5 High-Seed Teams Most at Risk of Losing Early in 2021 Men's NCAA Tournament
Basketball fans love covering teams getting hot at the right time, but several programs are moving in the wrong direction in the final days before the 2021 men's NCAA tournament.
Wisconsin and Tennessee have trended poorly for a couple of weeks. Oklahoma has crashed back to reality after a brilliant stretch of wins. And both Virginia and Iowa have a couple of weaknesses that may haunt them in March Madness.
Among the most respected programs in the nation, those teams are at the greatest risk of an early loss in the NCAA tournament.
As of Sunday on BracketMatrix.com, all five held a No. 5 projected seed or better. The list is organized in inverse order of their placement.
Projected Seed: 5
If D'Mitrik Trice decides to score 19 points in 2:30 more often, this would be a much different discussion. But jokes aside, Wisconsin has some serious inconsistencies.
Micah Potter has averaged 7.1 rebounds in wins but only 4.4 in losses. Brad Davison has buried 43.9 percent of his three-point attempts in wins but just 23.8 percent in losses. It's fair to expect some difference based on the outcome, but those splits are dramatic.
Because the Badgers prefer a slow pace—324th nationally in tempo, per KenPom.com—they can hardly afford to have multiple key players with poor performances. Too often, though, that's happened.
The season-long trends are impossible to ignore, especially if Wisconsin draws a strong defensive team in the first round.
Projected Seed: 5
After the Volunteers fell to Auburn for their sixth loss in 12 games, panic alarms may be sounding in Knoxville.
Tennessee enjoyed a 10-1 start to the campaign but has disappointed in SEC play. Inefficient shot selection, turnovers and poor rebounding have all contributed to the frustration, along with ill-timed mistakes from an otherwise top-tier defense.
Unless the Vols make a deep run in the SEC tournament, expectations for them in March Madness will be low.
Projected Seed: 5
Virginia's offense is efficient, but it's not great. The defense is usually good, but it's not the nightmarish unit of years past.
And that combination is problematic.
If the Cavaliers aren't defending well, the offense hasn't shown it can pick up the slack. When opponents shoot 39-plus percent from three-point range, UVA is 3-6. Otherwise, the Hoos are a perfect 12-0 and haven't surrendered a 30 percent clip.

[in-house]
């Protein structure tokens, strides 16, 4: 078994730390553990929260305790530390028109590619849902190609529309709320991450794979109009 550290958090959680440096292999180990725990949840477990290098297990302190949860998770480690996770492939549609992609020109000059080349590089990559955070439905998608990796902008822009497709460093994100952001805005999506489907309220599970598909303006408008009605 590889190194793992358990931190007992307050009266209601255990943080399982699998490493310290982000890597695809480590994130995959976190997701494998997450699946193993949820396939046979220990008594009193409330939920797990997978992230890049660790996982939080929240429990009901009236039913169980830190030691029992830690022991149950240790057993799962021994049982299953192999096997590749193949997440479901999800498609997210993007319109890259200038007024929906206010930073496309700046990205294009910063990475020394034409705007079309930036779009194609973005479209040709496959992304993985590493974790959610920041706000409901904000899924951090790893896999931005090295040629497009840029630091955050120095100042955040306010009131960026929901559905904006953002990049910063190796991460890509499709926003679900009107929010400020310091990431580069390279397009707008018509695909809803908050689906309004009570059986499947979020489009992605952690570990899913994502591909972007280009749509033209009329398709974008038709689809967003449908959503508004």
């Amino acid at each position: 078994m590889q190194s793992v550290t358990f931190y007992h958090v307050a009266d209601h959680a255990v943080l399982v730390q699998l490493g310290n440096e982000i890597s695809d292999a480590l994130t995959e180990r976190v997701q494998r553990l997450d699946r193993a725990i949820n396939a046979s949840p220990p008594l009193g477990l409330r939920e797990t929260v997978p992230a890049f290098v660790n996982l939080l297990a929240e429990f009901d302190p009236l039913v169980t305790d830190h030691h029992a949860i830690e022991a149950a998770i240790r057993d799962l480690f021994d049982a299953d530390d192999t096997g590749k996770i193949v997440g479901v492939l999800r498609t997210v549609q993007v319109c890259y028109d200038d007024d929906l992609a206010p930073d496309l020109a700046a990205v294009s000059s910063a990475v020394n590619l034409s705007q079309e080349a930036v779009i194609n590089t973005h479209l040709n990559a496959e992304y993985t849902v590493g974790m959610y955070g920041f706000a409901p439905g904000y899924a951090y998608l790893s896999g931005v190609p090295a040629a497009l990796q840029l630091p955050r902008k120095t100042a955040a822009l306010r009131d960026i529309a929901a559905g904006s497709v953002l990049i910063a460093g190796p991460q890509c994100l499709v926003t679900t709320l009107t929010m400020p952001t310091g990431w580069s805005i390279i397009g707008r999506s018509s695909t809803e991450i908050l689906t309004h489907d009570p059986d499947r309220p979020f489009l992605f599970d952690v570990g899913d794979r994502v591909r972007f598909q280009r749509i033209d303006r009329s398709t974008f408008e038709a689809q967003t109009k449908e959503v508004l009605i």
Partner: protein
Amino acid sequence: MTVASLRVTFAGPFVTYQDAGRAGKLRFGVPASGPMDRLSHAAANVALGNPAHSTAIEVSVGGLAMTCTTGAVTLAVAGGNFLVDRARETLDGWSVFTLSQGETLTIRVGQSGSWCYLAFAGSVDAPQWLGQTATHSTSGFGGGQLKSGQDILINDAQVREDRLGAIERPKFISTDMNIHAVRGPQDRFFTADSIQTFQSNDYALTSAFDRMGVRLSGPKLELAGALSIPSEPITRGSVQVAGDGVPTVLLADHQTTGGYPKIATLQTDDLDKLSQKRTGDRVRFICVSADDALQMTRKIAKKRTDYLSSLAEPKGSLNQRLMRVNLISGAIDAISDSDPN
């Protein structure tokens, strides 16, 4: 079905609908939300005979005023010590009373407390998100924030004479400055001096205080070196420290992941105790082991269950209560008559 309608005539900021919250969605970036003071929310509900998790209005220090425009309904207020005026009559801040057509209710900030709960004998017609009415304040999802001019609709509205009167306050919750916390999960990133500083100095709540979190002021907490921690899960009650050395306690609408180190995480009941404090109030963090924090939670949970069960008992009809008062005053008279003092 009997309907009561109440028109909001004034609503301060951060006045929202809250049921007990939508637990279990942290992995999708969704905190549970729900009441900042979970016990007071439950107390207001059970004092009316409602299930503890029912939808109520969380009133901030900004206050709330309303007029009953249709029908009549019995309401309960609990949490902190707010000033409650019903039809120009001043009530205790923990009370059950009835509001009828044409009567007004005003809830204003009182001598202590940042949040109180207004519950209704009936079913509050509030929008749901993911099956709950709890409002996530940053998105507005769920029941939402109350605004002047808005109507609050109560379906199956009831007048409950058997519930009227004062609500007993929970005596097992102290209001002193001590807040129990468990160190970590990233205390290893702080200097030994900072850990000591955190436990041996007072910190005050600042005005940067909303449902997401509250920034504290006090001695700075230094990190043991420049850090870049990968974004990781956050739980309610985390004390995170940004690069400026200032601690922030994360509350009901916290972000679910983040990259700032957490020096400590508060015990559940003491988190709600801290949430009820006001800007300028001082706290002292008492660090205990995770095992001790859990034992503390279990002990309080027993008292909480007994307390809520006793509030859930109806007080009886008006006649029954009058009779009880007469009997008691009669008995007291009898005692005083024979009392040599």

Even more than usual, defense is the key to Virginia's success. The first offense with a hot shooting night will likely eliminate the reigning champions from the NCAA tournament.
Projected Seed: 4
Looking at numbers alone, you'd probably never guess Oklahoma held a top-10 ranking in February. Thanks to wins over Kansas, Texas and Alabama to close January, however, the Sooners soared from unranked in the AP poll to as high as No. 7 nationally.
But the descent has begun.
Consecutive losses to Kansas State and Oklahoma State have put Oklahoma in the wrong kind of spotlight. The Sooners rank 184th in rebound rate, which isn't much of a surprise considering only two members of the rotation are taller than 6'7", 206th in three-point percentage and 275th in three-point defense.
Oklahoma probably has the most impressive eight-day stretch of the season. The overall picture, though, is less appealing.
Projected Seed: 3
During a massive win against Ohio State, Iowa offered a reminder of its best-case scenario. Led by National Player of the Year front-runner Luka Garza, the Hawkeyes have championship upside and an offense capable of overwhelming nearly any competition.
Throughout the season, though, the defense has been an issue.
Slow rotations on the perimeter plagued the unit recently. Standout post players have regularly given the Hawkeyes fits. When the defense has allowed 80-plus points, Iowa is 1-5. The recent season-ending knee injury to Jack Nunge—a quality defender and good rebounder—may be a concern, too.
Again, the offense has incredible potential. Iowa has started to defend the perimeter a bit better, too.
Still, overlooking a stretch that included two losses to Indiana and close wins over then-struggling Michigan State and Penn State is unwise. Iowa merits a side-eye, at least until the bracket is released.